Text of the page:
Also new is the addition of PolicyKit for better permission control. PolicyKit is useful for programs that need temporary admin (root) privileges. Unlike gksudo, which was used in previous versions of Ubuntu, PolicyKit makes it possible to grant elevated privileges on an action basis, rather than giving certain programs carte blanche. This should help to eliminate the exploitation of potential security holes in Linux software, and also gives systems administrators more control over what "mere mortal" users can do.
A new Xorg (version7.3), the graphics workhorse for many Linux distributions, is also included in Hardy Heron. The biggest plus there is the new Screen Resolution utility that allows users to more easily control the screen resolution and the orientation of a second monitor.
The Nautilus file manager has been tweaked under the hood for increased performance and stability.
Time To Switch to Ubuntu?
Ubuntu has made it easy to make the switch from Windows to Linux. Now It's just a matter of using Wubi on your Windows desktop. You do not need a CD or a partition on your computer. The only requirements are that you must have 5GB hard disk space, 256 MB of memory and Windows 98/2000/XP/Vista. And again, the download of Wubi is free. Because Ubuntu can now read and write to Windows disks, you won't lose anything that you worked for years to amass.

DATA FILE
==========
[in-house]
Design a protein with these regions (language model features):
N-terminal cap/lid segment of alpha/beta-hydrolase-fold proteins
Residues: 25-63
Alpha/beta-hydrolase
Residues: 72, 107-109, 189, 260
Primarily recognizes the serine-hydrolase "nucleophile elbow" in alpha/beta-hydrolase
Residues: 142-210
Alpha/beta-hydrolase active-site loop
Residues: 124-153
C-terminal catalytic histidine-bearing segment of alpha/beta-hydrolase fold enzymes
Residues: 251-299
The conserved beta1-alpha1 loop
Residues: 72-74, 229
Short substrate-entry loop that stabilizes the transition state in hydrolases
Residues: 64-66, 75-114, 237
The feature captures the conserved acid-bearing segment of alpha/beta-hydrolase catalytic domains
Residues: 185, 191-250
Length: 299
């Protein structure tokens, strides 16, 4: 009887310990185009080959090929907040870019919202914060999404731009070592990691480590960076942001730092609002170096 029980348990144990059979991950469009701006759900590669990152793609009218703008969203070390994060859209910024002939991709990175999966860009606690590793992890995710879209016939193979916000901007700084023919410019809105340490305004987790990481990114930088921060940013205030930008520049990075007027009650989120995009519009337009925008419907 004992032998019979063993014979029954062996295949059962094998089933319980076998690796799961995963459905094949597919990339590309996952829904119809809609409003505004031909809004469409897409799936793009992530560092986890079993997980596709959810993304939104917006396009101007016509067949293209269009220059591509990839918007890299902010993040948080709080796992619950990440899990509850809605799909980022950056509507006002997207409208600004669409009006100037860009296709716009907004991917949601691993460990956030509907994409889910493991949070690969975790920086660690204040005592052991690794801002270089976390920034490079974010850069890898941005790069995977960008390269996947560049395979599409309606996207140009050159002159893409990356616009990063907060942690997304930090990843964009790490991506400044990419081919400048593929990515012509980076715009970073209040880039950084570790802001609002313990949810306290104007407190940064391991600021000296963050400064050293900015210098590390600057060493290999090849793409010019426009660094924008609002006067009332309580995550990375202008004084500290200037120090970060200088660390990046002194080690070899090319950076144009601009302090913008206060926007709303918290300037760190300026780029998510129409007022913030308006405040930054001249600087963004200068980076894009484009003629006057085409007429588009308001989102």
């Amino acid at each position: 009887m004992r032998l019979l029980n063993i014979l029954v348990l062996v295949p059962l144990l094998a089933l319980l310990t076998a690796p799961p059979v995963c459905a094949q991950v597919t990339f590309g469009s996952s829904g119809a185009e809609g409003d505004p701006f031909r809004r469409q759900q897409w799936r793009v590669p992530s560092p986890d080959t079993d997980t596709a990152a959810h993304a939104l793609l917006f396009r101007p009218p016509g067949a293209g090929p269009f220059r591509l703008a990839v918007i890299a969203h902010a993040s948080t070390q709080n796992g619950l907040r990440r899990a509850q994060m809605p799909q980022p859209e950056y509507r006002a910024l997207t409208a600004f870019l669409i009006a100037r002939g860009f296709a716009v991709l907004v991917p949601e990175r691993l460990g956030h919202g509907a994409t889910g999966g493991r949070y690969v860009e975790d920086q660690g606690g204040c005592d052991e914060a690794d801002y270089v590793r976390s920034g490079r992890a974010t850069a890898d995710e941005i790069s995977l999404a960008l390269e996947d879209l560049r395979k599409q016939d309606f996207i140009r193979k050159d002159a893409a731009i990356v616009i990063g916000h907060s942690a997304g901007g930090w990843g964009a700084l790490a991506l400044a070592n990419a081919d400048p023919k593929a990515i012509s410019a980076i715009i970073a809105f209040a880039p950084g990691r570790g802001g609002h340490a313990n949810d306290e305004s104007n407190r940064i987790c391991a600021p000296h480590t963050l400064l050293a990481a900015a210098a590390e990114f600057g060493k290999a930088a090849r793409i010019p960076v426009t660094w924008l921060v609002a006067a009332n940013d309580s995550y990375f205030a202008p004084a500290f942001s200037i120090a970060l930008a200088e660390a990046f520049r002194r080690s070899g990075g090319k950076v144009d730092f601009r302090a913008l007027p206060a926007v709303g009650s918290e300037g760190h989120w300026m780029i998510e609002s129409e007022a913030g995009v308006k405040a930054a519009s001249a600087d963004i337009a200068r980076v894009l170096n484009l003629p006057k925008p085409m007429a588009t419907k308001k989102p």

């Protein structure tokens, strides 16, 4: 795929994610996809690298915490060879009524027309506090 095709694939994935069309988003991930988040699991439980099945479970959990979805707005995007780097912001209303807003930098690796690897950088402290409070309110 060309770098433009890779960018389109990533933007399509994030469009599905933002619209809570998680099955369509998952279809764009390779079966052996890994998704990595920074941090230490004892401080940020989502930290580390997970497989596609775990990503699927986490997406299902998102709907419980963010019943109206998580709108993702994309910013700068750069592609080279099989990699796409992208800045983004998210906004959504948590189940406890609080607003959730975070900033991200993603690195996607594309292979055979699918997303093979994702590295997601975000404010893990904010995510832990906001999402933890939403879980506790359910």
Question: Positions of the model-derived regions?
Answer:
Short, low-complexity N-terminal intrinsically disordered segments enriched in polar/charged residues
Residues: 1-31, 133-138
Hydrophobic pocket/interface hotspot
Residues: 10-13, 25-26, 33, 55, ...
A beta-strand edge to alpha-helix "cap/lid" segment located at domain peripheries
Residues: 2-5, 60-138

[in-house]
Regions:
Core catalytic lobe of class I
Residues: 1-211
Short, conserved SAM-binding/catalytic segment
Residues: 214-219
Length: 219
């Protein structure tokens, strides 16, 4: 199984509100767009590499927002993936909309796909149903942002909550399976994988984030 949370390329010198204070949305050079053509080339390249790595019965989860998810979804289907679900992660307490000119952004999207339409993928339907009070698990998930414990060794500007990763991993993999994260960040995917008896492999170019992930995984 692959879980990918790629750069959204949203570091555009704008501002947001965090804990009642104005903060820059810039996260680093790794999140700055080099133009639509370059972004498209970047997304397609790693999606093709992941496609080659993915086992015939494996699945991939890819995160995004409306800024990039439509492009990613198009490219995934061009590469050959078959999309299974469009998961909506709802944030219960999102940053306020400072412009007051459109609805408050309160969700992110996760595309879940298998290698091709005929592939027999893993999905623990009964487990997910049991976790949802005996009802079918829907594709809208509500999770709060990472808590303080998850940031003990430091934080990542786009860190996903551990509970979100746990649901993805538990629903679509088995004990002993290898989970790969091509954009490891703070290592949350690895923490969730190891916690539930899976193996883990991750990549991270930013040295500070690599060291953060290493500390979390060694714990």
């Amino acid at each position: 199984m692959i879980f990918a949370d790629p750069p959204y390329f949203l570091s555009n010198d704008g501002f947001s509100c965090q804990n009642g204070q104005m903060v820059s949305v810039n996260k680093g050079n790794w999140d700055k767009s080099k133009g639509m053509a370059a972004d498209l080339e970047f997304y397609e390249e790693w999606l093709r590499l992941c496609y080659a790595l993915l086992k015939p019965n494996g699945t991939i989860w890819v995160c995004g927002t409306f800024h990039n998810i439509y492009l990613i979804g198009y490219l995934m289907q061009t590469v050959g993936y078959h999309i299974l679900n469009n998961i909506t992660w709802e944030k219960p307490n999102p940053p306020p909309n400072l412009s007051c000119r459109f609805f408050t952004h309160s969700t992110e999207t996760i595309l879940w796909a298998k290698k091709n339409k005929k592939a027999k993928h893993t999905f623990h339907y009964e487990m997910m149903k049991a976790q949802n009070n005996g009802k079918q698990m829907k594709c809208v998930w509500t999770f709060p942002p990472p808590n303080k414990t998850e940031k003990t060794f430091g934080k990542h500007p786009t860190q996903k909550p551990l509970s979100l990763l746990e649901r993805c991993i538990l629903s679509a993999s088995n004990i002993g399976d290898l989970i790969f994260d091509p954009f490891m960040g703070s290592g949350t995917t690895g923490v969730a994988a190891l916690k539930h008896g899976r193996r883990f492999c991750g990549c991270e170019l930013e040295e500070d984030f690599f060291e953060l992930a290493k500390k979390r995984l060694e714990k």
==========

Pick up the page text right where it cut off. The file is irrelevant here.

If you decide to take the plunge, visit the Ubuntu site and poke around. One of their best features is the amazing support that you will receive through free documentation, others in the community who already have it, and professionals who will assist you. And by the way, the word "Ubuntu" is an African word meaning "humanity to others." In a world where large corporations will swallow up your last dollar, it's refreshing to find people who share their expertise for free and embrace collaborative development of great software for everyone.
Have you tried Ubuntu Hardy Heron? Is it a viable replacement for XP or Vista? Tell us your thoughts about this new release by posting a comment below...
This article was posted by Bob Rankin on 27 Apr 2008
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Article information: AskBobRankin -- Ubuntu Hardy Heron (Posted: 27 Apr 2008)
Copyright © 2005 - Bob Rankin - All Rights Reserved